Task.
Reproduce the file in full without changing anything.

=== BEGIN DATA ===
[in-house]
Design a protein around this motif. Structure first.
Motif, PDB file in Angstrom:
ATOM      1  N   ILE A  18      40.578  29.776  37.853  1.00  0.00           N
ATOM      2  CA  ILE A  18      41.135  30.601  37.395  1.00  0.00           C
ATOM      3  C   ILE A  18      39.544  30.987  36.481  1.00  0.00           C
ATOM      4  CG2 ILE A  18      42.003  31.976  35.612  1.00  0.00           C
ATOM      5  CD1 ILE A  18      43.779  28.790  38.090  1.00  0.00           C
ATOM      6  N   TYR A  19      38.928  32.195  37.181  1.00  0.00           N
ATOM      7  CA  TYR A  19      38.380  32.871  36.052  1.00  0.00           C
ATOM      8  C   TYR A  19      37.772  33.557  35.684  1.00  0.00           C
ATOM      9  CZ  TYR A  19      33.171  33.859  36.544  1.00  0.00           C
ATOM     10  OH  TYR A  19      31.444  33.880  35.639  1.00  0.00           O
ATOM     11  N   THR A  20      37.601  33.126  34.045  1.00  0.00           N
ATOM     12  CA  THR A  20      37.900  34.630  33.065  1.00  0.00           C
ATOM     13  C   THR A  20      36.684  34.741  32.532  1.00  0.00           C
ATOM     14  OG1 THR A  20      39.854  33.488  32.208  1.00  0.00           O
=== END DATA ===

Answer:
[in-house]
Design a protein around this motif. Structure first.
Motif, PDB file in Angstrom:
ATOM      1  N   ILE A  18      40.578  29.776  37.853  1.00  0.00           N
ATOM      2  CA  ILE A  18      41.135  30.601  37.395  1.00  0.00           C
ATOM      3  C   ILE A  18      39.544  30.987  36.481  1.00  0.00           C
ATOM      4  CG2 ILE A  18      42.003  31.976  35.612  1.00  0.00           C
ATOM      5  CD1 ILE A  18      43.779  28.790  38.090  1.00  0.00           C
ATOM      6  N   TYR A  19      38.928  32.195  37.181  1.00  0.00           N
ATOM      7  CA  TYR A  19      38.380  32.871  36.052  1.00  0.00           C
ATOM      8  C   TYR A  19      37.772  33.557  35.684  1.00  0.00           C
ATOM      9  CZ  TYR A  19      33.171  33.859  36.544  1.00  0.00           C
ATOM     10  OH  TYR A  19      31.444  33.880  35.639  1.00  0.00           O
ATOM     11  N   THR A  20      37.601  33.126  34.045  1.00  0.00           N
ATOM     12  CA  THR A  20      37.900  34.630  33.065  1.00  0.00           C
ATOM     13  C   THR A  20      36.684  34.741  32.532  1.00  0.00           C
ATOM     14  OG1 THR A  20      39.854  33.488  32.208  1.00  0.00           O